The Festival of Lights, the event you can't miss in Lyon

The Festival of Lights, the event you can't miss in Lyon

Every December, visitors from France and around the world flock to Lyon to go to a world-renowned event: The Festival of Lights. This year, it’s on from 8 December to 11 December 2022. It’s changed a lot over the years, and though it might be a bit commercialised, you’ll be glad to have seen the light shows!


Let’s go back in time to 1852… a statue of the Virgin Mary was supposed to be erected on 8 September, but a torrential downpour forced the organisers to postpone the event until 8 December. But they were unlucky again, as on that night, the ceremony was jeopardised by capricious weather. However, the people of Lyon weren´t going to let it stop them. In an act of shared communion, they put candles on their windowsills, lighting up the whole city. And that is how the 8 December tradition was born!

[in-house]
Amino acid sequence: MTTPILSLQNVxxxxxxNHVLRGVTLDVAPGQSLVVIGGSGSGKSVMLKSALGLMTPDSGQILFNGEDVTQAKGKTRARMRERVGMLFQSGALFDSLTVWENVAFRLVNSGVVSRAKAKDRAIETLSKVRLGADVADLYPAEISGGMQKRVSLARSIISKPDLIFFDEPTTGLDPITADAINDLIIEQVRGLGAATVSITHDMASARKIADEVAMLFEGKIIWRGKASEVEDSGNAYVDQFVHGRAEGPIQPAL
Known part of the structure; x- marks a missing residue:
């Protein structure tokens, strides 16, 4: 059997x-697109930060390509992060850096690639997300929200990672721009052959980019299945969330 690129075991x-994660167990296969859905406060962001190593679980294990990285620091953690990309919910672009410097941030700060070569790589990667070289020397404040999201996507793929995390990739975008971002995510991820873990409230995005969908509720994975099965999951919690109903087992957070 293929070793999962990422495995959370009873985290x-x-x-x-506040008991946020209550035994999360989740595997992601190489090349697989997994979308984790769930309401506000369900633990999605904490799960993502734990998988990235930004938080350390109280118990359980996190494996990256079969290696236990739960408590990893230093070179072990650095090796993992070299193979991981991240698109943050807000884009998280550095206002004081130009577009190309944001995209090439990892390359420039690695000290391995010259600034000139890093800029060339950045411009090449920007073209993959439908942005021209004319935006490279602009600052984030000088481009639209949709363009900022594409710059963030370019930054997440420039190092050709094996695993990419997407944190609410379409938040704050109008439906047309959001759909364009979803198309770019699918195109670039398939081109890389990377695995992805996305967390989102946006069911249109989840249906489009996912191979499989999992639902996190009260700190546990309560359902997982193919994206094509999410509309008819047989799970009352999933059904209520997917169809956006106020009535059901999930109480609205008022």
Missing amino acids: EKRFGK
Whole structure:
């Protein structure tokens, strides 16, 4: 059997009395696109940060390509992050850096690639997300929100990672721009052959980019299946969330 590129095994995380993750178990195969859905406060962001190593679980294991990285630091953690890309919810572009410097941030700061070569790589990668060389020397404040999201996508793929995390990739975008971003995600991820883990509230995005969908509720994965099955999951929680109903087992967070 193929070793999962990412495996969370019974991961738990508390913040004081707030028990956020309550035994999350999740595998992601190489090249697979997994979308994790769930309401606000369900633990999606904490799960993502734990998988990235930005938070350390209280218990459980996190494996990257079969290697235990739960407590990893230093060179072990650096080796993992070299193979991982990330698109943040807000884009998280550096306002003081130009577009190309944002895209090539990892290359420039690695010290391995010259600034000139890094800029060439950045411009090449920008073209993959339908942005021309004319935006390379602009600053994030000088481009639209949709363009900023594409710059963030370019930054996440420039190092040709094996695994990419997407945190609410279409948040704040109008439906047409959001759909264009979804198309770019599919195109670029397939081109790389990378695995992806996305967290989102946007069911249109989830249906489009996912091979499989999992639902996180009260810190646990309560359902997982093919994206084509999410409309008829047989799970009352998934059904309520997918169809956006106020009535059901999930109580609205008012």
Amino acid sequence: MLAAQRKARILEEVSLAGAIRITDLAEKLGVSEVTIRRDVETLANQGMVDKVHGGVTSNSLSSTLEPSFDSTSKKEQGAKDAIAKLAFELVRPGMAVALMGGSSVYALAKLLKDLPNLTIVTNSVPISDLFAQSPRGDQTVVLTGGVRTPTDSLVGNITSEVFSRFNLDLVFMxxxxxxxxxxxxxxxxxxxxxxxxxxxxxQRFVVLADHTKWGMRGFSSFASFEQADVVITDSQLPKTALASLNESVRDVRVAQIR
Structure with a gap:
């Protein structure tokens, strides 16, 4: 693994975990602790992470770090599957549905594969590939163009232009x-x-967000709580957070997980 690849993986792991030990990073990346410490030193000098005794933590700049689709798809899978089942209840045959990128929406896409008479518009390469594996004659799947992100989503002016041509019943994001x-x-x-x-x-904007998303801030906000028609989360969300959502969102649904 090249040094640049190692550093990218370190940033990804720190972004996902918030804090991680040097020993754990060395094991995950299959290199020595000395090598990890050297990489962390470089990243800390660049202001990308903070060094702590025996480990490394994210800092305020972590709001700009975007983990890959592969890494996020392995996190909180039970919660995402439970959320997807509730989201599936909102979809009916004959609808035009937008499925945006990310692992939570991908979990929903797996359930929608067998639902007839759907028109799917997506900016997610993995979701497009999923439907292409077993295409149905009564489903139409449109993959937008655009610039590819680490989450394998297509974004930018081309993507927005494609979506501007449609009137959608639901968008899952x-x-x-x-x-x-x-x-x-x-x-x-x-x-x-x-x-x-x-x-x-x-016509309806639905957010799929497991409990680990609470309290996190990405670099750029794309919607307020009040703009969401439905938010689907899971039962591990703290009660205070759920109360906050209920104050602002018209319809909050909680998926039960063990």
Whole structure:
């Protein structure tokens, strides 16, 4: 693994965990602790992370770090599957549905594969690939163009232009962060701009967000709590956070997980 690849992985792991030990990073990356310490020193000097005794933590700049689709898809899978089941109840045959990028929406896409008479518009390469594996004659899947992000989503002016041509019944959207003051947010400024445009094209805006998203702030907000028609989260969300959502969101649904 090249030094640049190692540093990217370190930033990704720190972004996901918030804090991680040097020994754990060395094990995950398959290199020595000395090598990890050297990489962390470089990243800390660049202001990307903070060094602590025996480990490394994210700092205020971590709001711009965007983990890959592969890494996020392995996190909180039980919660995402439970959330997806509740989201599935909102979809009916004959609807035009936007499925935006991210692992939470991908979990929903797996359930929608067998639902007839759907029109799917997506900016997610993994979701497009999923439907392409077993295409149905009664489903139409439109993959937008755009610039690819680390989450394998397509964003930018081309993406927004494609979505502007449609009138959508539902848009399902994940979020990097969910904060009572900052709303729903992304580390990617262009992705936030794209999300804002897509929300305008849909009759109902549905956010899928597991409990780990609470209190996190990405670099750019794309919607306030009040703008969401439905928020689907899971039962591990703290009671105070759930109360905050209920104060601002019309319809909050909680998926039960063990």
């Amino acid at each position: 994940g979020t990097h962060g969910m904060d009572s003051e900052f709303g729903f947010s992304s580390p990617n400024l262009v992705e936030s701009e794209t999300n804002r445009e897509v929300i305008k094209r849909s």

Nowadays, Lyon’s devotion has turned this event into a shared fantasy of impressive magnitude, attracting 1.8 million visitors, 100,000 of which are international tourists, for the four-night festival. From Vieux Lyon to the Tête d’Or Park, the City of Lyon offers a unique and poetic experience.

lyon fete des lumieres volotea

This free and popular event would not exist without the artists who’ve helped the city become a global benchmark for light shows. In particular, Daniel Knipper, a set designer, who has been invited several times since 2011, plays a part in the illumination of not only the buildings of the Saône docks, but also the Saint-Jean Cathedral and the façade of Hôtel Dieu. He uses theatrical lighting techniques to highlight our city, dubbed a UNESCO World Heritage site in 1998. I loved his truly innovative projection on the Jean Moulin college, paying homage to the quintessentially Lyonnais marionette, Guignol. Ocubo was the studio who worked with students of the college to produce this 2017 show, and the result was really something.

Here are some tips to help you enjoy the festival to the fullest, and admire the craft of the renowned artists behind such a technical achievement of not just light, but sound and design too.